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COMMENTARY

The Swiss have been collateral victims of Brexit since 1992

Davos

AMID all the Brexit excitement in London, no one seems to have noticed that Switzerland is as much embroiled in a row with the European Union as the UK is.

Switzerland has been engaged in perpetual, on-off negotiations with Brussels since a referendum in 1992, when the Swiss rejected the same European Economic Area status as other European Free Trade Association countries such as Norway.

Swiss banks and other businesses had to open major affiliates in London and other EU capitals to maintain trade access. Switzerland is not in the EU customs union, and woe betide anyone who drives from France or Germany with a kilo of cheaper EU beef as eagle-eyed Swiss customs officers come down with heavy fines.

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The EU and Switzerland have signed more than 120 bilateral agreements since the 1992 referendum, which hints towards the complexity of negotiations that the UK may face. The EU would now prefer that all these agreements be put into a single framework agreement.

In 2014, Switzerland held a referendum against freedom of movement. The electorate was split, with 50.3 per cent voting in favour of curtailing mass immigration and 49.7 per cent opposing the proposal. The Swiss Parliament overrode the referendum result and, with a little tweaking of its labour market rules, permitted freedom of movement to continue.

But the Swiss baulk at allowing European Court of Justice rulings to be followed in the event of a dispute over disagreements in interpreting the framework agreement.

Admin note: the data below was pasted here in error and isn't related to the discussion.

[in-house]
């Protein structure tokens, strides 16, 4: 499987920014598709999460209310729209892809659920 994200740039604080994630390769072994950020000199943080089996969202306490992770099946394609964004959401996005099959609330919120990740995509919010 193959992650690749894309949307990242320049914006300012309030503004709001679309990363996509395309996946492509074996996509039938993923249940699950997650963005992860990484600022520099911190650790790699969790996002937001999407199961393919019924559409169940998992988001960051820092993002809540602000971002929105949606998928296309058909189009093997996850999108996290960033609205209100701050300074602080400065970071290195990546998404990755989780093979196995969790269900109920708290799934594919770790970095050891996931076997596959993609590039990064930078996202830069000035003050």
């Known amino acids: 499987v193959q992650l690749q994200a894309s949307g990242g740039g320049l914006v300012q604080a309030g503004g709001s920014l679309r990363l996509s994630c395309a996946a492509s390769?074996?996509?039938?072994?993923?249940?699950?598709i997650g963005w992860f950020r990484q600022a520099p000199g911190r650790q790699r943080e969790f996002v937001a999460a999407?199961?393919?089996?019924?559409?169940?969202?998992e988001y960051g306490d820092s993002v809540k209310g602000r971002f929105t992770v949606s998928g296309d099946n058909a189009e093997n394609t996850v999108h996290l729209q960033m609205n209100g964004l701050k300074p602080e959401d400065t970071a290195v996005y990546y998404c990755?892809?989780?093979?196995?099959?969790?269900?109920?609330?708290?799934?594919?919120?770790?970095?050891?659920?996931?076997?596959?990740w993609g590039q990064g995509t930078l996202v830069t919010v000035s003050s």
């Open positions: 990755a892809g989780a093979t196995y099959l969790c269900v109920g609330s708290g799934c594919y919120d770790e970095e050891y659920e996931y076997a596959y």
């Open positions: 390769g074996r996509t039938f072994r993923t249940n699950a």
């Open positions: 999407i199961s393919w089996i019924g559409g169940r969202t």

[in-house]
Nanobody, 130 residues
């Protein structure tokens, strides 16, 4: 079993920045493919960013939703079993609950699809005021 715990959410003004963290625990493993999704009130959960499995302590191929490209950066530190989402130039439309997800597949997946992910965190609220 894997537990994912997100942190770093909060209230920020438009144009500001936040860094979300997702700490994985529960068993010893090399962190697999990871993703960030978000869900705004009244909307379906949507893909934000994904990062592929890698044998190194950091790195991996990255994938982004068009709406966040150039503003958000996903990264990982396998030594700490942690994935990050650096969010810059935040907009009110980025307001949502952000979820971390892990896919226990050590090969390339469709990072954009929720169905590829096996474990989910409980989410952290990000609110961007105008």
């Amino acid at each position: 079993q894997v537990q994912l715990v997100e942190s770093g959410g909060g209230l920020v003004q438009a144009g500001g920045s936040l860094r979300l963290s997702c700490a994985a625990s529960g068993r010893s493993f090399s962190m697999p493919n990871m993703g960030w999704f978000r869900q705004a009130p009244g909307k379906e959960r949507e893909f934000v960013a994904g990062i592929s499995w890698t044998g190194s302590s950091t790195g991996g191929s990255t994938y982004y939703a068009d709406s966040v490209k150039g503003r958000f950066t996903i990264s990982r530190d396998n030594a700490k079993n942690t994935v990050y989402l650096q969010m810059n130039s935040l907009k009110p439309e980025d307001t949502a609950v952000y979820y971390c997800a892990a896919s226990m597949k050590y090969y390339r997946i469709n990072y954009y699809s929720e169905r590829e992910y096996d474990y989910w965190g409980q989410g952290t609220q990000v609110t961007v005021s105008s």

Moreover, the left-wing Swiss trade unions have forged an unlikely alliance with the right-wing, eurosceptic and anti-immigrant Swiss People's Party (SVP) in opposing an EU demand that Switzerland abolish an eight-day waiting period before a firm can hire EU workers in order to give more time for Swiss citizens to apply for the jobs. The SVP wins 30 per cent of votes in most elections and is represented on the Federal Council (the Swiss Cabinet) and in the cantonal government.

The EU is adding pressure by saying the Swiss stock market cannot deal in EU capitals. Berne replied by saying EU listings would in turn be banned in Switzerland.

Brussels feels it has been endlessly patient with Switzerland. Swiss politicians, however, have to live in a permanent minefield of referendums that can be called via easily organised petitions.

There is a general election for the Swiss Parliament in October of this year, and the SVP lost a referendum in November 2018 proposing that no outside judge or tribunal should have any say in Swiss affairs. Since Switzerland hosts innumerable international organisations whose laws and conventions have supranational effect, the referendum was easily defeated.

Also over-shadowing any Swiss-EU deal is the Brexit imbroglio. Echoing UK Prime Minister Theresa May, Johannes Hahn, the European commissioner for neighbourhood policy and enlargement negotiations, has told the Swiss: "Negotiations have been finished, there will be no renegotiations." Brussels repeated that message early in the new year.

The EU cannot offer a special deal that allows Switzerland access to the single market but without respecting its rules, as this would set a precedent for the UK. Equally, the Swiss government and its Members of Parliament find it hard to agree on a deal with Brussels that risks being repudiated in a referendum.

Both Britain and Switzerland are discovering hard truths. Plebiscites, Parliament and participation in the EU is a three-card trick few can play successfully. OMFIF

  • The writer is the UK former Minister of Europe and a member of the Official Monetary and Financial Institutions Forum advisory council. His latest book is Brexit, No Exit. Why (in the End) Britain Won't Leave Europe.